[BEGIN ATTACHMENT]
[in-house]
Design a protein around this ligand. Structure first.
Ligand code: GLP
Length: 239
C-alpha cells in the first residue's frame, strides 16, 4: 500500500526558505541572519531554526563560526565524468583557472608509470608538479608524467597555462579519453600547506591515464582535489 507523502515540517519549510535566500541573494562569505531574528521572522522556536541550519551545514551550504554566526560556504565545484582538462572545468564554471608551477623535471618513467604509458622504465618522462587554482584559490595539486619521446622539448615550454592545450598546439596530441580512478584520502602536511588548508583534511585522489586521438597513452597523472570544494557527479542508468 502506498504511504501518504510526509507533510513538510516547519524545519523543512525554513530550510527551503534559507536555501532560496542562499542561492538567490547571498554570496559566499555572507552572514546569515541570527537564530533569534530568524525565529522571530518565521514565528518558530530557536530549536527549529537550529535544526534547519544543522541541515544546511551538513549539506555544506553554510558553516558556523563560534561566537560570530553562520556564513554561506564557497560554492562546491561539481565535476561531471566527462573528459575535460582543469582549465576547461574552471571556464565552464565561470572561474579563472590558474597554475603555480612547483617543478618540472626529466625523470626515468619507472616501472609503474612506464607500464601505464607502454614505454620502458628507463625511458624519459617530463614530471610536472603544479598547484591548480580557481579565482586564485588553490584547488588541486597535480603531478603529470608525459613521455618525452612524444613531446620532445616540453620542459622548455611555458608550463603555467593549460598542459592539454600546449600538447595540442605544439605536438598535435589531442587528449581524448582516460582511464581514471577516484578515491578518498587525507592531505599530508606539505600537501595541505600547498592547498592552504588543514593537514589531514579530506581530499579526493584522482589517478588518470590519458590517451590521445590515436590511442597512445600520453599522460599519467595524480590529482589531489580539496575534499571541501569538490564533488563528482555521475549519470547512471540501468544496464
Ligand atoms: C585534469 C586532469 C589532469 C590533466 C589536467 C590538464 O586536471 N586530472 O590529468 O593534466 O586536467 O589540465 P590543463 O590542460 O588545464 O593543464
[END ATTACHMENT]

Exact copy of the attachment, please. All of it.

[in-house]
Design a protein around this ligand. Structure first.
Ligand code: GLP
Length: 239
C-alpha cells in the first residue's frame, strides 16, 4: 500500500526558505541572519531554526563560526565524468583557472608509470608538479608524467597555462579519453600547506591515464582535489 507523502515540517519549510535566500541573494562569505531574528521572522522556536541550519551545514551550504554566526560556504565545484582538462572545468564554471608551477623535471618513467604509458622504465618522462587554482584559490595539486619521446622539448615550454592545450598546439596530441580512478584520502602536511588548508583534511585522489586521438597513452597523472570544494557527479542508468 502506498504511504501518504510526509507533510513538510516547519524545519523543512525554513530550510527551503534559507536555501532560496542562499542561492538567490547571498554570496559566499555572507552572514546569515541570527537564530533569534530568524525565529522571530518565521514565528518558530530557536530549536527549529537550529535544526534547519544543522541541515544546511551538513549539506555544506553554510558553516558556523563560534561566537560570530553562520556564513554561506564557497560554492562546491561539481565535476561531471566527462573528459575535460582543469582549465576547461574552471571556464565552464565561470572561474579563472590558474597554475603555480612547483617543478618540472626529466625523470626515468619507472616501472609503474612506464607500464601505464607502454614505454620502458628507463625511458624519459617530463614530471610536472603544479598547484591548480580557481579565482586564485588553490584547488588541486597535480603531478603529470608525459613521455618525452612524444613531446620532445616540453620542459622548455611555458608550463603555467593549460598542459592539454600546449600538447595540442605544439605536438598535435589531442587528449581524448582516460582511464581514471577516484578515491578518498587525507592531505599530508606539505600537501595541505600547498592547498592552504588543514593537514589531514579530506581530499579526493584522482589517478588518470590519458590517451590521445590515436590511442597512445600520453599522460599519467595524480590529482589531489580539496575534499571541501569538490564533488563528482555521475549519470547512471540501468544496464
Ligand atoms: C585534469 C586532469 C589532469 C590533466 C589536467 C590538464 O586536471 N586530472 O590529468 O593534466 O586536467 O589540465 P590543463 O590542460 O588545464 O593543464